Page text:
AndyCee
May 30th, 2008, 08:44 AM
Nah, sorry - I didn't explain very well.

I supervise 'student use' computers which are managed by the ITS department of the Uni. While we manage many of the machines on all of our campuses, some departments manage their own machines. One of these departments have machines infected with a virus. These infected machines are locked down well enough to prevent the virus from causing THEM any direct damage, but USB disks carry the virus to student/staff personal machines.
The ITS machines are nearly bullet-proof when it comes to viruses (even with xp installed). Executables are locked, the hard-disks are write-protected and hidden, files are wiped when a user logs off etc.

As I work at a desk physically at the front of the ITS computer labs, staff and students assume it's our job to deal with every IT question/problem.

The portable virus-scanner I'm looking to make is for privately owned & bought laptops which get brought to me. It's not the only solution, but it may be a very convenient one. It has a lot of potential for my work. A large percentage of students & staff own their own laptop AND use the infected machines regularly, so I'm surprised it hasn't reached the local newspaper yet...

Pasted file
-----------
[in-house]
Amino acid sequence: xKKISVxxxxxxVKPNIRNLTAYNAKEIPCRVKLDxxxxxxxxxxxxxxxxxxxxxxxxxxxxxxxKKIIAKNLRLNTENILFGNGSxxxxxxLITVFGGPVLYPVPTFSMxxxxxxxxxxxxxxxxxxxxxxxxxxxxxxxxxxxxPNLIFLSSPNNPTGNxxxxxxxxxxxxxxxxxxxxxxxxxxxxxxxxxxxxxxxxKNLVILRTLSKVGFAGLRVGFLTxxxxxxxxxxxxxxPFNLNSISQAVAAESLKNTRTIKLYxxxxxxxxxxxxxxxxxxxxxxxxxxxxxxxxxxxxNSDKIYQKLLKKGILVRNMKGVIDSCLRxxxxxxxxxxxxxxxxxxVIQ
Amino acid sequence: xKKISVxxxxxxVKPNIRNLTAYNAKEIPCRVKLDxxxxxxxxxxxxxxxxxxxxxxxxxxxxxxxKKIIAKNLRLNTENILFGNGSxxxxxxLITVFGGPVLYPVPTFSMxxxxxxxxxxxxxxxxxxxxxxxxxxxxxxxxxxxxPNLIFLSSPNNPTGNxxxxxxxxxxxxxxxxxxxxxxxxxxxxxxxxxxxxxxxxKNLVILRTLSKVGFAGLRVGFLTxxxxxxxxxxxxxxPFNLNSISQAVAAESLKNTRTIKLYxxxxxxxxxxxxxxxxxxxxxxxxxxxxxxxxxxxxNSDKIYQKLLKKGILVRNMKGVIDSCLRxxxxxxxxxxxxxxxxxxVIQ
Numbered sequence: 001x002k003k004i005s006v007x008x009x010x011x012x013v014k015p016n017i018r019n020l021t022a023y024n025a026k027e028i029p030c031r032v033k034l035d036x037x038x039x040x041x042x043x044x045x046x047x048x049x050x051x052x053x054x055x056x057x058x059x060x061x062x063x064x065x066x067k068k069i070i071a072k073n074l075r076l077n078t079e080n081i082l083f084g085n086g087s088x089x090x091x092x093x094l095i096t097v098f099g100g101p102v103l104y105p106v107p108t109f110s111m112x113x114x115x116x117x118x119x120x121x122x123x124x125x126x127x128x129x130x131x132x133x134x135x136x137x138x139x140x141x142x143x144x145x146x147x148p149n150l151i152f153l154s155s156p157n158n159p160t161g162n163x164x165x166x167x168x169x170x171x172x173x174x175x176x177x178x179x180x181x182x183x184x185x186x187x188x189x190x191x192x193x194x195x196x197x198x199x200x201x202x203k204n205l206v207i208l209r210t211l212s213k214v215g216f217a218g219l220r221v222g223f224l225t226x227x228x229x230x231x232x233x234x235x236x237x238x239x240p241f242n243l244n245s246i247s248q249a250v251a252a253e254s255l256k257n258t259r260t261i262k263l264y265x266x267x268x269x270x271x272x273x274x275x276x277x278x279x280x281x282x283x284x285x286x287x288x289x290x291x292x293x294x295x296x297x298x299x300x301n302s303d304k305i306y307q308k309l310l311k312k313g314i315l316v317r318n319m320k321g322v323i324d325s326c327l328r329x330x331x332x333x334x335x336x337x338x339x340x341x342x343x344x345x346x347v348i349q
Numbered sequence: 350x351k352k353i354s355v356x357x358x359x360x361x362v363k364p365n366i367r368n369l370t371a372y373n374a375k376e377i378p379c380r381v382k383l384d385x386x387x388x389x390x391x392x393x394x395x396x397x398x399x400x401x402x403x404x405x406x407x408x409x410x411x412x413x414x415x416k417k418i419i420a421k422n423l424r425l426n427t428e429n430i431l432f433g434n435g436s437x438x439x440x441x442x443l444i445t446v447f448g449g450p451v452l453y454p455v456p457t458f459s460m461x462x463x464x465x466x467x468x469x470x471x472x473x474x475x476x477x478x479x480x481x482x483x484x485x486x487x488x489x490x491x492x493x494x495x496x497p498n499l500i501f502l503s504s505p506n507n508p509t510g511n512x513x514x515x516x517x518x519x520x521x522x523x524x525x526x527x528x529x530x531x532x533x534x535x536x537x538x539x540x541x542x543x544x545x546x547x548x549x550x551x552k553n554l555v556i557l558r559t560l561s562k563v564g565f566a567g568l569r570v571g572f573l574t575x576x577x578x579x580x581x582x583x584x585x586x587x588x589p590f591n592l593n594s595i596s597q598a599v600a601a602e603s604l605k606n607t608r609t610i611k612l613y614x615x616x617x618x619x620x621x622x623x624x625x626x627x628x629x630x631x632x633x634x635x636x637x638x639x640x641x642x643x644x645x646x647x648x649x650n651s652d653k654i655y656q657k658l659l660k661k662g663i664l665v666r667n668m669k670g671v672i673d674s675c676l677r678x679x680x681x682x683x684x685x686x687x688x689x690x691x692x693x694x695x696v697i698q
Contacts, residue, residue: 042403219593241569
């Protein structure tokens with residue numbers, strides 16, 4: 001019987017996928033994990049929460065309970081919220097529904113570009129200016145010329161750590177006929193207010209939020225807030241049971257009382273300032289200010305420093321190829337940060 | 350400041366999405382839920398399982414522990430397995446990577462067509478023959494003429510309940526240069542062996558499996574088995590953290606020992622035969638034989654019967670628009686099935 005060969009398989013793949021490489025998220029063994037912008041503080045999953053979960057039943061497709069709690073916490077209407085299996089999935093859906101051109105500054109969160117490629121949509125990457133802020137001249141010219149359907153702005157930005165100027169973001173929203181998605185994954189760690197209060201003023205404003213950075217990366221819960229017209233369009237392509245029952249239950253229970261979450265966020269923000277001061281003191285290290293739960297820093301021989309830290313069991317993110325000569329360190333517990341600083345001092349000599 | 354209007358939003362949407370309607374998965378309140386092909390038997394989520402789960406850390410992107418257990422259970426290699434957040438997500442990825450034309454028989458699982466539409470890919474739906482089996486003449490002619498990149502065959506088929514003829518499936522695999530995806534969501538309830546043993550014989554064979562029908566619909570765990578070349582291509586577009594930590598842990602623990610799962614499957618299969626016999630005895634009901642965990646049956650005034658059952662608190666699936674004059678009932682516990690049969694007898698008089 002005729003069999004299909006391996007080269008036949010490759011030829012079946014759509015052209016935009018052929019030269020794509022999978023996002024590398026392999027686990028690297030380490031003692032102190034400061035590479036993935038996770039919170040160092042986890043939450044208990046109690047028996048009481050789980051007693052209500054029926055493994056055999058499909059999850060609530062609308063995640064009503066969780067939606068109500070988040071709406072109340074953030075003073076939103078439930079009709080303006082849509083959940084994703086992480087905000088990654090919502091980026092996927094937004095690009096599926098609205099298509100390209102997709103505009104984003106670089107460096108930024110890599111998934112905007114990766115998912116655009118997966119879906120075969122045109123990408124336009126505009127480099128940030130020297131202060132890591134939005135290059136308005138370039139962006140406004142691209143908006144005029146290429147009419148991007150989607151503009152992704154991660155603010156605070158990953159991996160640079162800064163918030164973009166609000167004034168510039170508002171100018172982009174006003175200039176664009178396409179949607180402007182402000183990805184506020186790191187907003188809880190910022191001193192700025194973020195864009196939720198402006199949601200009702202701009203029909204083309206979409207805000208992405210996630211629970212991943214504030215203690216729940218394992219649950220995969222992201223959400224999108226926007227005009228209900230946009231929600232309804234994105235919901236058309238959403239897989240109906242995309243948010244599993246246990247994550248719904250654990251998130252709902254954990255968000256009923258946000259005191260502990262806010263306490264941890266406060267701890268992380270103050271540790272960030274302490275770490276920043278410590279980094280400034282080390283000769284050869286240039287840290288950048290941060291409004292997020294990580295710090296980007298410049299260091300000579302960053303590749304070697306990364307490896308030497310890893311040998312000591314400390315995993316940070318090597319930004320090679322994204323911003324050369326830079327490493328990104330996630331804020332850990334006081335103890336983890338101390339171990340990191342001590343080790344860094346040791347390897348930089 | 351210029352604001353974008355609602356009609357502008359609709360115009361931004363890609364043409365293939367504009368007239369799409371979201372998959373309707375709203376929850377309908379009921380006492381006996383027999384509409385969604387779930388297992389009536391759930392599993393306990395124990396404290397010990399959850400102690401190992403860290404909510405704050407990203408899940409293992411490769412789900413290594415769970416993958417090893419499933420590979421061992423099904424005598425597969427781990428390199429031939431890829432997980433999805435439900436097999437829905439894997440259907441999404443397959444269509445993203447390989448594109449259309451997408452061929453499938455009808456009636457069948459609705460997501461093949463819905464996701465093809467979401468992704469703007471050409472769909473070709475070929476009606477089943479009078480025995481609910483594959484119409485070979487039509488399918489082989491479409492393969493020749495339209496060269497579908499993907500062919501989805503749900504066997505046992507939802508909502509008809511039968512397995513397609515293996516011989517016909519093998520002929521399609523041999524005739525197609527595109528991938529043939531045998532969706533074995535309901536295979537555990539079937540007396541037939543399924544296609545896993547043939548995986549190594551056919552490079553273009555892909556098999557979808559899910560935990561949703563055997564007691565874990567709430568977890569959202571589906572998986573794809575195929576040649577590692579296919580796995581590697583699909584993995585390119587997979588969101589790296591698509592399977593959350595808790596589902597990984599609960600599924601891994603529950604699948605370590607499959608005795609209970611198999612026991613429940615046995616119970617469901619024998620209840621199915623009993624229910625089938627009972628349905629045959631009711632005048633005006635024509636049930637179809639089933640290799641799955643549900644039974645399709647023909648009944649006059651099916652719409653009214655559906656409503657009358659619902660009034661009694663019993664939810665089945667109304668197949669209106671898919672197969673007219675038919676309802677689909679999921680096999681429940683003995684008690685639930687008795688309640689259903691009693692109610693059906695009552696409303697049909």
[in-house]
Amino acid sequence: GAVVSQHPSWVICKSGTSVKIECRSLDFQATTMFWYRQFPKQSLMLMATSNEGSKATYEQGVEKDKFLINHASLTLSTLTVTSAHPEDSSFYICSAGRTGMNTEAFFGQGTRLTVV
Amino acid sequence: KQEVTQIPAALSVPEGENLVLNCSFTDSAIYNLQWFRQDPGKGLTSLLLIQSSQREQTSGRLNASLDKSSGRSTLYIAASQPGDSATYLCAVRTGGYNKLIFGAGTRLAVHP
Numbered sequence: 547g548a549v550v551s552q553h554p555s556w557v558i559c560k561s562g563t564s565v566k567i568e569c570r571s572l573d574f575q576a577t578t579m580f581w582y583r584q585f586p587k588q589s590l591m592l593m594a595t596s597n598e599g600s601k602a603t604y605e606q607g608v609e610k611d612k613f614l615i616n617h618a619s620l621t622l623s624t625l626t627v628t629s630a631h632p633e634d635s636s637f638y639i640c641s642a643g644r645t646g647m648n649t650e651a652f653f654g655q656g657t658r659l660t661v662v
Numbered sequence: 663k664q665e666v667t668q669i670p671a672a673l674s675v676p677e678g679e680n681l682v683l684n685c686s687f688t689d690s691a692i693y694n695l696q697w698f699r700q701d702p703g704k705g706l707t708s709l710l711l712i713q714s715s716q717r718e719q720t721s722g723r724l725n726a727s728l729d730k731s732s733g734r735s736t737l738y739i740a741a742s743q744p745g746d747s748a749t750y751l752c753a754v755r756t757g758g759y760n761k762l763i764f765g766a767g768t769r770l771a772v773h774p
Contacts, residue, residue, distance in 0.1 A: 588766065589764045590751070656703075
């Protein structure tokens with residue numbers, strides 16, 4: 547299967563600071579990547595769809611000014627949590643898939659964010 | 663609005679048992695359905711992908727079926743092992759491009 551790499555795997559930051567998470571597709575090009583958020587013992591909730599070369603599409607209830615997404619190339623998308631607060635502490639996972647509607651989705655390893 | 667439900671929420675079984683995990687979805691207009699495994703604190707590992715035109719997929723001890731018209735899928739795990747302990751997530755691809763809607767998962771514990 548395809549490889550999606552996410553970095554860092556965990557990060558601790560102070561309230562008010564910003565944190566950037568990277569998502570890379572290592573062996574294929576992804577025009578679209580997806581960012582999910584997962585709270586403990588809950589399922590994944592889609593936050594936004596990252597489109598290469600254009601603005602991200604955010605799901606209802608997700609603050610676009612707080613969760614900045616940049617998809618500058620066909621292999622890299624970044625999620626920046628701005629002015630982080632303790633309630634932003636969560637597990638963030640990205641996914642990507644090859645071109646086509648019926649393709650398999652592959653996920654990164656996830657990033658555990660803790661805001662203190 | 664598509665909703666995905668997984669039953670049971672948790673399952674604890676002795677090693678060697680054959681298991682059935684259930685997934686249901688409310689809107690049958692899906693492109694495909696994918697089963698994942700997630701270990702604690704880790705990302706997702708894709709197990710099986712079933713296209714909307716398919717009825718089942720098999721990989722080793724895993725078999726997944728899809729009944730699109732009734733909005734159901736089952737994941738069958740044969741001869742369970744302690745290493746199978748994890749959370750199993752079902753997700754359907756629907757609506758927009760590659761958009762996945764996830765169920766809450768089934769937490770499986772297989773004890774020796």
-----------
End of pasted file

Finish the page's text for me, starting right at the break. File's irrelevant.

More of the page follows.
Anyway, assignments are done (or at least, no longer due) so this is my new project. Thanks for all posts so far. Any suggestions or thoughts still welcome.
-AndyCee

MaindotC
May 30th, 2008, 05:18 PM
Backtrack has some sort of virus scanner on it. Someone at our helpdesk keeps a bootable image of Backtrack on his usb drive.

AndyCee
June 3rd, 2008, 04:47 AM
Right. I have things working now.

What I want:

A persistent, bootable linux distribution installed on a USB - preferably an *buntu.
A free antivirus package to run and scan the HD of the machine that the USB is plugged into.


What have done:

I decided to go with Xubuntu (somewhat lightweight,customizable [Gee I'm making up words today] and familiar).
After several attempts using several different methods (direct install, pendrivelinux.com, ubuntugeek.com) and damaging my laptop's pre-existing GRUB bootloader I managed to get a persistent install using the guide at http://www.pendrivelinux.com/2008/05/21/usb-xubuntu-804-persistent-install-from-live-cd/ and by installing lilo on the USB disk (not in the guide).
Downloaded Avast! .deb file and installed on the disk.


What I now have:

A portable, persistant version of the Xubuntu livecd on my 2 Gig USB disk.
A small problem that the hard drive of the machine booting from the disk doesn't auotomount, so I will have to make a script for the staff to double-click or something.
The Avast! antivirus installed.


What I have yet to do:

Test the virus-scanner on an ntfs hard drive - not at work(I'm not going to run a program I've never used before with root privileges on a machine I'm not supposed to have admin rights on...)
Investigate the automount issue and possibly fix it myself with a script.


Thoughts & criticisms always welcome...Maybe it's just attention I crave ;)
-AndyCee